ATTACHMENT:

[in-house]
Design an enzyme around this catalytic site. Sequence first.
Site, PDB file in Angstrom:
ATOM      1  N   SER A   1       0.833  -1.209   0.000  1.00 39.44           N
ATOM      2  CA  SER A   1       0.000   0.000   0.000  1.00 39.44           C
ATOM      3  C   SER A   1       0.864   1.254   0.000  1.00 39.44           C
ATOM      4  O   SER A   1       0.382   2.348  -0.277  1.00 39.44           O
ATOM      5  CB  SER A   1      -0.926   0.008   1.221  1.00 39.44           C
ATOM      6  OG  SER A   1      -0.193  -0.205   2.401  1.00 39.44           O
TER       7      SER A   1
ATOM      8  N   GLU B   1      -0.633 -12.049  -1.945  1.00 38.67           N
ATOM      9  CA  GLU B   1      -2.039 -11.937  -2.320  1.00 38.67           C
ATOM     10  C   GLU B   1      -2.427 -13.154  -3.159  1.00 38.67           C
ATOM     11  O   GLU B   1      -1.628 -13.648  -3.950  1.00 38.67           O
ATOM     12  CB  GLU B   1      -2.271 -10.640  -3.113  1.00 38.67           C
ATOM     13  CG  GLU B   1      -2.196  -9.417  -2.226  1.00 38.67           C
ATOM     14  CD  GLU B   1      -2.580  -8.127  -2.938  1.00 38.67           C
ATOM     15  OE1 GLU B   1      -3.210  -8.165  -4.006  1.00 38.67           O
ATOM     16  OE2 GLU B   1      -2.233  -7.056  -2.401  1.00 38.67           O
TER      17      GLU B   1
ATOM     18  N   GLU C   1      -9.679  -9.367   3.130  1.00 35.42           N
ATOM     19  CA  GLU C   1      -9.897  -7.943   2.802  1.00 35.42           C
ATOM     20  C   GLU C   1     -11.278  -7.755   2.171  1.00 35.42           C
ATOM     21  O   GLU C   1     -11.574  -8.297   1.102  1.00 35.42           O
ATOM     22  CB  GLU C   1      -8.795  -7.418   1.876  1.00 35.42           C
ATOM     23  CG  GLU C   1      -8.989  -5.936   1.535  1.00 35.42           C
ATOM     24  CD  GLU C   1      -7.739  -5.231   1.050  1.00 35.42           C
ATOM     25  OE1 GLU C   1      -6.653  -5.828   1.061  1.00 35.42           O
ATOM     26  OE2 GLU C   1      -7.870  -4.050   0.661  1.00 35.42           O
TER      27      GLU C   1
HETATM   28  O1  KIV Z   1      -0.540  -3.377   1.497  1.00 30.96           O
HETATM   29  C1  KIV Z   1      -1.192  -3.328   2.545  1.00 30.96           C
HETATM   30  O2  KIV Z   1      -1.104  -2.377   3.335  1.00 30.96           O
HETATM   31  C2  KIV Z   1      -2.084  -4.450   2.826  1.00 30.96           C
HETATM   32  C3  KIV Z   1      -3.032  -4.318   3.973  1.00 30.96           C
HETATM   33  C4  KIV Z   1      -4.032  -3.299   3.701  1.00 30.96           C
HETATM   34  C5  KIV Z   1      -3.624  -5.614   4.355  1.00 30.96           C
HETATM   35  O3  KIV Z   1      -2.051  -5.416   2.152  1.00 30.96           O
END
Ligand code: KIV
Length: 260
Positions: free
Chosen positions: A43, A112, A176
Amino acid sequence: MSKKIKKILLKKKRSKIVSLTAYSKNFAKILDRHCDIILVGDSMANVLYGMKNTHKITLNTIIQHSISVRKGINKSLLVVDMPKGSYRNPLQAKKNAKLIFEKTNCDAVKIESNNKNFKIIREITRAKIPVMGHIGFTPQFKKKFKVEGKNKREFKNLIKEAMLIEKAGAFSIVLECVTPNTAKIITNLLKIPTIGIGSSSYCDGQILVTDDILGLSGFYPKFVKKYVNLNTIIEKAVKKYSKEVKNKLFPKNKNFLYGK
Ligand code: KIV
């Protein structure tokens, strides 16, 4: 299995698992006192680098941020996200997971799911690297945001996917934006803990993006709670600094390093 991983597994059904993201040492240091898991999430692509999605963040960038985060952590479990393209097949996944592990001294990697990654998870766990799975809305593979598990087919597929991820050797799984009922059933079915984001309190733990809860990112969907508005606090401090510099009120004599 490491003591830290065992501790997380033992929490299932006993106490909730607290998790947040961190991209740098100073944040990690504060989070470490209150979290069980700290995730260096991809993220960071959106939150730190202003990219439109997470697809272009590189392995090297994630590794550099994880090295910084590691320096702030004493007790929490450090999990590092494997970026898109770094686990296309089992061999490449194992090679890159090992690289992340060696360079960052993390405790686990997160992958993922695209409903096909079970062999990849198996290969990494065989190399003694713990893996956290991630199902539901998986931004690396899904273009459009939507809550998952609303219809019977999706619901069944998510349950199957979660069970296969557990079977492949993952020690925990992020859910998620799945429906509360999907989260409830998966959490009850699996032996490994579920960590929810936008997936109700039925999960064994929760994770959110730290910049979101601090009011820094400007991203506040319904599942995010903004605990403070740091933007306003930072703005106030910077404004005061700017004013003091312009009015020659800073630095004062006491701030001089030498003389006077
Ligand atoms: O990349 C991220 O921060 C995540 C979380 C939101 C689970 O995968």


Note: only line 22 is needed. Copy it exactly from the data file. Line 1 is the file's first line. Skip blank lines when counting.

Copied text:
ATOM     19  CA  GLU C   1      -9.897  -7.943   2.802  1.00 35.42           C